With the sacrifice of New York City firefighters on 9-11 seared into our memories, it is easy to forget that firefighters nationwide risk their lives every day. On Monday, nine members of the Charleston Fire Department lost their lives in an instant when a roof collapsed on them in a burning warehouse.
The men had answered a call around 7 p.m. at the Sofa Super Store. While two employees in the building were rescued from the fire, the nine men were inside the warehouse when the entire roof suddenly fell in on them. Witnesses said the collapse occurred so quickly there was no chance of escape.
This ranks as the nation's deadliest single disaster for firefighters since the Sept. 11, 2001, terror attacks. While the loss of nine firefighters is devastating under any circumstances, it is especially so in a department with 237 members where most know each other.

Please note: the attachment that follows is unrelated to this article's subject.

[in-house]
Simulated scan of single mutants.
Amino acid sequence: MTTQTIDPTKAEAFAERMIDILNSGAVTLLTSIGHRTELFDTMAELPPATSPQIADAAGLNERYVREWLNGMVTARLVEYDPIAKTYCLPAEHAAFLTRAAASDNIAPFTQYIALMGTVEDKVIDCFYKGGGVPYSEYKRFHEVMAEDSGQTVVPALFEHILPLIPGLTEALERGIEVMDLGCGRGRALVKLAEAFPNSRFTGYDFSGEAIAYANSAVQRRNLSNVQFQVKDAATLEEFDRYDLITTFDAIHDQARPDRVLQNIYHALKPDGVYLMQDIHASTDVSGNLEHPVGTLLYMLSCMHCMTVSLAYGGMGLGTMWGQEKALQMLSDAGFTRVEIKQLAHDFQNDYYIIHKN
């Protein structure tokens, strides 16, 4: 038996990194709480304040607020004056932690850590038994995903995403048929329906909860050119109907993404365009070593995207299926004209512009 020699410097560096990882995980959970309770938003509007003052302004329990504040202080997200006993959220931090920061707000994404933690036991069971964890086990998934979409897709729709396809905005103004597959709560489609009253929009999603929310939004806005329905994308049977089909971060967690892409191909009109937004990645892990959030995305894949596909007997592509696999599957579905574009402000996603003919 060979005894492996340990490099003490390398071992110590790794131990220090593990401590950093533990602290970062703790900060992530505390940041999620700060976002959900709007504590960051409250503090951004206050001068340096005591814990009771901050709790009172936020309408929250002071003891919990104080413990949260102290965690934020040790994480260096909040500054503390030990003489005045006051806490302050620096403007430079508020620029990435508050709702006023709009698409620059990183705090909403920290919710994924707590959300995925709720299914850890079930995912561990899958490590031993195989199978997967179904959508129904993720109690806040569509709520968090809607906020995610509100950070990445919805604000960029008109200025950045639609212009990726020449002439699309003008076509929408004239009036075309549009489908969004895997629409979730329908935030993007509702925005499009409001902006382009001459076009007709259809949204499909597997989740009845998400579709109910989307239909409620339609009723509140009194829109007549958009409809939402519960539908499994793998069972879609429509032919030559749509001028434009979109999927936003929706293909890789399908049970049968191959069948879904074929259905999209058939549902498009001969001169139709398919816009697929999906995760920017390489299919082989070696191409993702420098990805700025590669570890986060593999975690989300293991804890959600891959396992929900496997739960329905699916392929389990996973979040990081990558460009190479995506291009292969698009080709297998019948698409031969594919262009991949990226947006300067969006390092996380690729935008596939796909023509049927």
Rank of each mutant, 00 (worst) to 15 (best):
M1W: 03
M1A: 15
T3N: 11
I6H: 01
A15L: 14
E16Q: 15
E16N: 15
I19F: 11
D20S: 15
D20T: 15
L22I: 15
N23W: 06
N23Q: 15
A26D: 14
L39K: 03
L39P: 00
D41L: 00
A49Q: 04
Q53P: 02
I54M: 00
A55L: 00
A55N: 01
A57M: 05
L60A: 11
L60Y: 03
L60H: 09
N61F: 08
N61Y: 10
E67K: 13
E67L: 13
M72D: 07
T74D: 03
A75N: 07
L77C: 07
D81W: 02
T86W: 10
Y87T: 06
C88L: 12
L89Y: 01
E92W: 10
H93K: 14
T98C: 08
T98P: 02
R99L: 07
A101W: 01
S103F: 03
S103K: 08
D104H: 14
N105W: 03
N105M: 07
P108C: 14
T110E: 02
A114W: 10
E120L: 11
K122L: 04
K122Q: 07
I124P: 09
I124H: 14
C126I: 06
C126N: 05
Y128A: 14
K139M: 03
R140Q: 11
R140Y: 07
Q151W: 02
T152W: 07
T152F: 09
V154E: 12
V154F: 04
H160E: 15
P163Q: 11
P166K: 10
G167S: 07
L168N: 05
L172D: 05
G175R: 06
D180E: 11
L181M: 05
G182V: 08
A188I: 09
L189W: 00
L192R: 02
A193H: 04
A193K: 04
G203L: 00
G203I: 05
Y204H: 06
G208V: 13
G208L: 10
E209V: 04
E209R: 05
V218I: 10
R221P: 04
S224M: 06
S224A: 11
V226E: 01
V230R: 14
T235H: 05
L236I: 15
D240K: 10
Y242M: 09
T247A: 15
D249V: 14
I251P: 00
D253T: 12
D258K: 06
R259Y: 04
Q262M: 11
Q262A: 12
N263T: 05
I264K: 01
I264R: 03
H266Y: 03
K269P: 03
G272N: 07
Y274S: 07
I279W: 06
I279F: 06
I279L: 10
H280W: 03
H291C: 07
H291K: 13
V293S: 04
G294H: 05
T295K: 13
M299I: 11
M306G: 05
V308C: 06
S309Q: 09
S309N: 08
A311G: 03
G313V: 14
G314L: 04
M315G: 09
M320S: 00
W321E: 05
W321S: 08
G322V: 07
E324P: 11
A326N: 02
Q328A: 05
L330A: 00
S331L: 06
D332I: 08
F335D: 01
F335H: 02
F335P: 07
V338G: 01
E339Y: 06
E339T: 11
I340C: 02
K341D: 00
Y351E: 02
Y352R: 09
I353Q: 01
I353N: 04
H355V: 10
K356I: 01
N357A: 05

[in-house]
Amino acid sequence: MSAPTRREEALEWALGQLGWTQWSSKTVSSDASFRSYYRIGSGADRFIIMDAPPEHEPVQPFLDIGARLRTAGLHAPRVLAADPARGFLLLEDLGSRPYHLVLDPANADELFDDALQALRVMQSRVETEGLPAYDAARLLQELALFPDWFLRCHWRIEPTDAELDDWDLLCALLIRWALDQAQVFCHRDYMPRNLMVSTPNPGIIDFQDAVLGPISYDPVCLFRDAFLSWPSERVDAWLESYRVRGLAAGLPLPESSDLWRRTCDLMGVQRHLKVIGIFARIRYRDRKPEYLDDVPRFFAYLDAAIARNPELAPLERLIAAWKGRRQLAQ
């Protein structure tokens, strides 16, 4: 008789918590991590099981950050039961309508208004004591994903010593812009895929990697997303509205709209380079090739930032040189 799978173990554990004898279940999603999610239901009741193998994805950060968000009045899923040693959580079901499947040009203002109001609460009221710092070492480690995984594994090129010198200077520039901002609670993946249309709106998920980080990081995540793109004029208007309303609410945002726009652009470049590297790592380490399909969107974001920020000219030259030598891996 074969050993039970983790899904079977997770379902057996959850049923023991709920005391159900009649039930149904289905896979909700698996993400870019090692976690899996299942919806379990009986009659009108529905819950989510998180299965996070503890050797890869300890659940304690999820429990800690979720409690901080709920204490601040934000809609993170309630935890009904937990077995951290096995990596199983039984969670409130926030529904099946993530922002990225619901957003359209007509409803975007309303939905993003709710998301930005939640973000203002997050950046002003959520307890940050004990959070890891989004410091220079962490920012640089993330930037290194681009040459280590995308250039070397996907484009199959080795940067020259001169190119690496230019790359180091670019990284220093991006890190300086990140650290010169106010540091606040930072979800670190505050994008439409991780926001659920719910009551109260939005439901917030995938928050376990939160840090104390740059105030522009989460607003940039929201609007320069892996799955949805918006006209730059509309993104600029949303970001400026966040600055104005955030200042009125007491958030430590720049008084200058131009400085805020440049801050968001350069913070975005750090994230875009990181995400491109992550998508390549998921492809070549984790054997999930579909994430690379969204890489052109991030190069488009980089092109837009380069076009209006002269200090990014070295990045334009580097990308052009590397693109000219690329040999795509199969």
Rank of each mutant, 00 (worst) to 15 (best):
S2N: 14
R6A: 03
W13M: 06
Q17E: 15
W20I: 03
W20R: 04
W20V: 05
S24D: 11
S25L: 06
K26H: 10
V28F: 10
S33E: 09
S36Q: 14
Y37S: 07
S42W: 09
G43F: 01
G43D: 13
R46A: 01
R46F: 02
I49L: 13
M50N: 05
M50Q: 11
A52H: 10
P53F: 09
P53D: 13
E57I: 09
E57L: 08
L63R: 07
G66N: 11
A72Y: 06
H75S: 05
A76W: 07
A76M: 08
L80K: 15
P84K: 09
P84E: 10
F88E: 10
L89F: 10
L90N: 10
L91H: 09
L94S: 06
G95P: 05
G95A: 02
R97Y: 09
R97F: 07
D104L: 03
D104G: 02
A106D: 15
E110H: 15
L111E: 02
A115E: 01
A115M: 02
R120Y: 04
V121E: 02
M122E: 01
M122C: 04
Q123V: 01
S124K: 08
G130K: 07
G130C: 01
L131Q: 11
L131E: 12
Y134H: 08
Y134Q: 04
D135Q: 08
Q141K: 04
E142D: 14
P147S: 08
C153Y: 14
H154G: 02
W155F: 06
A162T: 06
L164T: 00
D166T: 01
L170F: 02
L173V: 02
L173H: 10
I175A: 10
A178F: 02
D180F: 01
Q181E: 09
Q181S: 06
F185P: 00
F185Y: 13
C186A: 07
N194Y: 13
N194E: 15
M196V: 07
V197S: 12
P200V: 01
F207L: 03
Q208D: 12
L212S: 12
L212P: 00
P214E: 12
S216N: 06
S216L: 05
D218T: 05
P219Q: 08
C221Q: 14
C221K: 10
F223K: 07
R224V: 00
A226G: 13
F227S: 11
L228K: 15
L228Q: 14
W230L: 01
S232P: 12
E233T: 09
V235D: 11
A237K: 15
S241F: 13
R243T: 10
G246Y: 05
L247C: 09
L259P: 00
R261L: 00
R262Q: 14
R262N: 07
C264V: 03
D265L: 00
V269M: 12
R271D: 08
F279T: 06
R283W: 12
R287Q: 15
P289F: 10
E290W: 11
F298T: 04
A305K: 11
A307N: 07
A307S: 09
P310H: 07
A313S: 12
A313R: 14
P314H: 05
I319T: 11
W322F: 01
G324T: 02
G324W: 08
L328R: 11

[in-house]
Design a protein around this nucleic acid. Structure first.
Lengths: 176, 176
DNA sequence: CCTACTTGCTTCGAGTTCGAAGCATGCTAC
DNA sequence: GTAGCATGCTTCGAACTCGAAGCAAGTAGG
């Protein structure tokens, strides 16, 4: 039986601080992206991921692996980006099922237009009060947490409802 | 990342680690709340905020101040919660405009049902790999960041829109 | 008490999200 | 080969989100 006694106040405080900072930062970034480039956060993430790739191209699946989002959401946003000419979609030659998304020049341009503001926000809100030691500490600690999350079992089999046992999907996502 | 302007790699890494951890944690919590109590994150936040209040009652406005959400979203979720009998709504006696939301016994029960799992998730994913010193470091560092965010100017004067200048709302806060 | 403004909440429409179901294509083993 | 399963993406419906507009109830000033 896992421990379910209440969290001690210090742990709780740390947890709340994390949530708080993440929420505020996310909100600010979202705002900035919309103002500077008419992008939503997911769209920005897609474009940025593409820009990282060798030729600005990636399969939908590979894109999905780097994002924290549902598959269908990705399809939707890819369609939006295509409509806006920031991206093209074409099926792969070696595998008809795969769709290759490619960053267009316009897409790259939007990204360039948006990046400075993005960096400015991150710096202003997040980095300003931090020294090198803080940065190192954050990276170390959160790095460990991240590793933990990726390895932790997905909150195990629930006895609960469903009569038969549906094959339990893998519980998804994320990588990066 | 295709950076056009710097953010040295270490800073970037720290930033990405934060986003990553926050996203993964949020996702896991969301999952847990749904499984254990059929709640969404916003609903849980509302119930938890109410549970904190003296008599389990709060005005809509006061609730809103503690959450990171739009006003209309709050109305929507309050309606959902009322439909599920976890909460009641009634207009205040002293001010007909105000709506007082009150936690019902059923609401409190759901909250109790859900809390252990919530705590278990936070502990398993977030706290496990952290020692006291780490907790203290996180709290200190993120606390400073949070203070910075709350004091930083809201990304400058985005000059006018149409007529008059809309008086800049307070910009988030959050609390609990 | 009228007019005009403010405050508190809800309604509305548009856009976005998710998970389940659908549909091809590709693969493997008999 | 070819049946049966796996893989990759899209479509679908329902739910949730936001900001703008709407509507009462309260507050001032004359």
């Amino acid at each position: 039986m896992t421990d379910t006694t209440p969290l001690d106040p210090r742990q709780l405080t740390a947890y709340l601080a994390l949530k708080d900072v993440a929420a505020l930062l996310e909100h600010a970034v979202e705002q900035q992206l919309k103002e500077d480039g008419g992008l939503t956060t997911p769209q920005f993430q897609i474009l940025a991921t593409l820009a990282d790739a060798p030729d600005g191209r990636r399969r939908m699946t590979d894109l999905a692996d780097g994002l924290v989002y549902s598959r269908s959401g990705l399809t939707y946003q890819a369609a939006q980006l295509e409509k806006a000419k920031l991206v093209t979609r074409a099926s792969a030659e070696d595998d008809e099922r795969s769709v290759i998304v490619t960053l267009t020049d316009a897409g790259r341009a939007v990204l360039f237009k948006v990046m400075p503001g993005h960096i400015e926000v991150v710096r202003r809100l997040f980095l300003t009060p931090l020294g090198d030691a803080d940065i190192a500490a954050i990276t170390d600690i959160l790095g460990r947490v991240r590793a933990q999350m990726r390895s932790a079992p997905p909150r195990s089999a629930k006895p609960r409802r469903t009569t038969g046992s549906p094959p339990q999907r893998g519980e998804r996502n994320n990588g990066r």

Fire Chief Rusty Thomas said he had lost nine of his best friends.
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"They did exactly what they were trained to do," he said, adding that members of the department would face difficult days ahead coping with the loss.
Indeed, they did what they were trained to do. And while firefighters can speak about doing their duty, it is likely to strike the average civilian as something of a miracle that these brave men and women are willing to walk into an inferno to save lives and property on a regular basis.
One of the most touching images of 9-11 is that while people inside the twin towers were rushing down the stairs to escape, the firefighters were going up the stairs. In Charleston, Monday night, it was the same thing: As those inside the burning building sought frantically to get out, the nine men were fighting their way in.
Firefighters everywhere will tell you that it's their job. Well, we all know it's something more than that.
We mourn the nine men who died in the line of duty and once again offer our gratitude to all those who do this dangerous work.
Charleston Fire Department will face tough days ahead as it mourns comrades.